'Fernando VII with royal mantle', by Francisco de Goya (1814-1815).
‘Fernando VII with royal mantle’, by Francisco de Goya (1814-1815).PRADO MUSEUM

Notarial documentation during the French occupation fell significantly. What is evident, logically, is the increase in wills, something similar to other critical moments in our history. When the State of Alarm declined during the Covid pandemic (after 88 days, between March and June 2020), I authorized 22 wills in a single day, a figure never before, nor, most likely since, repeated.

Returning to the War of Independence, the documents granted in that period allow us to get closer to the personal dramas that occurred. Like the case of María Bosch, from Nerja, a widow with two minor children, who had to sell her only property in 1812. A notarial document explained her situation: “On the night of December 13 of last year, a group of insurgents entered (the town) and in (her) house they murdered her husband with handfuls and shotguns and broke (her) hair. arm destroying everything in the house, leaving (she) and her children in the greatest misery, supporting themselves on alms.

Antonia Rodríguez from Malaga, in her will of 1811, recognized the son she had had with Joaquín Sierra, “enlisted in defense of the Homeland due to the circumstances that prevailed at the time” and that had prevented them from marrying. When she fell ill, she recorded that her son was “under promise (of marriage).” And she added: “Carried away by love and sensual appetite, we met carnally, from whose actions I became pregnant.” The child had been noted as “son of the Church.”

After the war, the “hateful” (as it was described) “forced command or legacy” was implemented. a legal imposition created to help those affected by the conflict and that lasted until 1845! It had to be included in all wills. The amount was 12 reales in Spain and three pesos in America. Thus, the Ponferrad notary José Gasalla left in 1821 “twelve reales for the widows and children of those who died as a result of the last war.” In 1843, María Gallardo, from Crevillente, ordered in her will “12 reales for the relief of families orphaned by the War of Independence.”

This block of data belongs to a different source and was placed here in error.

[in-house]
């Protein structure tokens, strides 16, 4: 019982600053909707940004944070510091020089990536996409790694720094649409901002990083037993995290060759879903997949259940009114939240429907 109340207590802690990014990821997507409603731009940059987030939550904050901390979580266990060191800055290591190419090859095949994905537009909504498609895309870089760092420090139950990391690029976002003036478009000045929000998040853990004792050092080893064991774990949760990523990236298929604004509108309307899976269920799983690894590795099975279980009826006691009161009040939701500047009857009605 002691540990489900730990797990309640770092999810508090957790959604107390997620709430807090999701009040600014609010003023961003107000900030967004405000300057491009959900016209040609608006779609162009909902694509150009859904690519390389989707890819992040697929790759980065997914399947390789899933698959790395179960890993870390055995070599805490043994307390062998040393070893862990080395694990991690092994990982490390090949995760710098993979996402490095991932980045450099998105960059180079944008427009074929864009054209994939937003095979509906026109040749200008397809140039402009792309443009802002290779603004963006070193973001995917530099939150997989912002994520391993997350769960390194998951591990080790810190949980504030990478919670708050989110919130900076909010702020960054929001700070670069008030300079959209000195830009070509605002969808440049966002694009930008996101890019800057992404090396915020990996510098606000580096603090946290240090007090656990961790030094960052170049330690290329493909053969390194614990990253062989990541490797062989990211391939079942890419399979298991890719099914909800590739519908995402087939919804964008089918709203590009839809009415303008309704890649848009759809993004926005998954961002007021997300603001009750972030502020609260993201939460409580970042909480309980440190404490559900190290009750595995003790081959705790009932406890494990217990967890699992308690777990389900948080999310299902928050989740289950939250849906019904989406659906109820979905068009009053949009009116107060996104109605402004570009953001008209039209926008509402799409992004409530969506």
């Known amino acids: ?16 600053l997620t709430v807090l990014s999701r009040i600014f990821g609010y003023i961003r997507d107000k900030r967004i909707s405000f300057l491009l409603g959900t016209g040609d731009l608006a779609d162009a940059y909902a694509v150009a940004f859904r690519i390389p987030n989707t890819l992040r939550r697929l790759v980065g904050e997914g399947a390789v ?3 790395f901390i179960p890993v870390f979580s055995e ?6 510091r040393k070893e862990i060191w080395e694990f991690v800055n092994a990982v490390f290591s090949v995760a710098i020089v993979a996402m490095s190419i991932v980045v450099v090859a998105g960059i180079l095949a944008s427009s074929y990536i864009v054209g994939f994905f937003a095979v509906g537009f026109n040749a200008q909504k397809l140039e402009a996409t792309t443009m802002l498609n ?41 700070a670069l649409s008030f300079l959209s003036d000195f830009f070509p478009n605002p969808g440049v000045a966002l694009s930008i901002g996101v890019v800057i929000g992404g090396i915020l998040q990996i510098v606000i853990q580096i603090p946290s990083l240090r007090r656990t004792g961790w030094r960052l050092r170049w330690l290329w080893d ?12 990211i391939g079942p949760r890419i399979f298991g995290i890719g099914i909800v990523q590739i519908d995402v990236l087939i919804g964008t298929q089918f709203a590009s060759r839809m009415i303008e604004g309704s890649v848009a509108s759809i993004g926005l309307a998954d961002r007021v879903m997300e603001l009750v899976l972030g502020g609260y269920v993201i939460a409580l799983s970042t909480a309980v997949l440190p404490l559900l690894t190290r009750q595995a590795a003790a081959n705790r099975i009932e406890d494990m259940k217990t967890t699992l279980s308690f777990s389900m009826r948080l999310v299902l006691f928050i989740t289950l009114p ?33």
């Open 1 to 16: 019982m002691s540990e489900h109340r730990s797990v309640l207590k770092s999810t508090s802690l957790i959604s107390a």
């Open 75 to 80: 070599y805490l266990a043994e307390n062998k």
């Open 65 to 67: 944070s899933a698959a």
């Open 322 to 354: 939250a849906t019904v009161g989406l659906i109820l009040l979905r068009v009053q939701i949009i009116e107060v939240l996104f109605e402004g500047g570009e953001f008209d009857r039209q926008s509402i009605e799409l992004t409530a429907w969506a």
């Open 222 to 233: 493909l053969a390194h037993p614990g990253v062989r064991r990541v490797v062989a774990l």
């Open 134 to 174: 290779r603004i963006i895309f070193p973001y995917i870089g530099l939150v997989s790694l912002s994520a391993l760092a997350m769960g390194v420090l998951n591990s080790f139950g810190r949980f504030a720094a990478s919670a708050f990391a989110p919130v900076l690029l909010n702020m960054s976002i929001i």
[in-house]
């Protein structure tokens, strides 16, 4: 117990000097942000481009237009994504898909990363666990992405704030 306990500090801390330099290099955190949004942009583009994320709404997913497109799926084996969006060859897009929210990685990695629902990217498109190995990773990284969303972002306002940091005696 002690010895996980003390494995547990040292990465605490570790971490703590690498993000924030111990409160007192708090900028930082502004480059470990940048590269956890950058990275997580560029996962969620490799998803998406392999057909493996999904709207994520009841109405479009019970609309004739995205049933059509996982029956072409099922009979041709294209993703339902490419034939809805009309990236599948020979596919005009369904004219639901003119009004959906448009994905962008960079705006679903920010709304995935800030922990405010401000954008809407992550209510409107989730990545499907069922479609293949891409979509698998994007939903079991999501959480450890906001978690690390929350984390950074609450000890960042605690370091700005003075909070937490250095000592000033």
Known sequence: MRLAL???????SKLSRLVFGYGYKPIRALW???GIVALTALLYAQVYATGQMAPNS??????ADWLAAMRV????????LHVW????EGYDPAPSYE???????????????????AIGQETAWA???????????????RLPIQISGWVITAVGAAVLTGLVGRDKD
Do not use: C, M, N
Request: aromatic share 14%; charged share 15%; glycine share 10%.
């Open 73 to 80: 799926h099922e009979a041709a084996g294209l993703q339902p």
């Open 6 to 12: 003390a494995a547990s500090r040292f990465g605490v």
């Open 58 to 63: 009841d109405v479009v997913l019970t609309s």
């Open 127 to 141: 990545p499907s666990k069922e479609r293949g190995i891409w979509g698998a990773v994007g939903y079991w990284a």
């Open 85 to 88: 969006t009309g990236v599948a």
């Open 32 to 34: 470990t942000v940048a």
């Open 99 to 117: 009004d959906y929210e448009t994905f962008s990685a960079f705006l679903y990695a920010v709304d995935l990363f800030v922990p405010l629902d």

I confess that sometimes I question whether so much suffering in those days was worth it, and what followed, let us remember the terrible famine of 1812 and so much destruction and looting – the property damage was incalculable – to ultimately achieve the return of the “Desired” Ferdinand VII.

Ten years later, in 1823, after the arrival of the One Hundred Thousand Sons of Saint Louis, a contingent of the French army, the Liberal Triennium came to an end. Then the work of the liberal scribes will be questioned and we will witness a purge In all rules. A decree of 1824 will shape it, in order to prosecute possible collaboration with the deposed liberal regime and, if this is proven, separate them from his office. For example, in 1826, the notary of Capellades (Barcelona), Francesc Pujol, upon re-entering the profession, was forced to declare “not belonging to any secret association, nor recognizing the absurd principle that the People are the arbiters of varying the form.” of the established Governments.”

The heroic efforts of so many people were not reciprocated by a king so ungrateful that, in addition, as a posthumous legacy, he would leave us a civil war in three successive installments over half a century.

The two Spains had been born.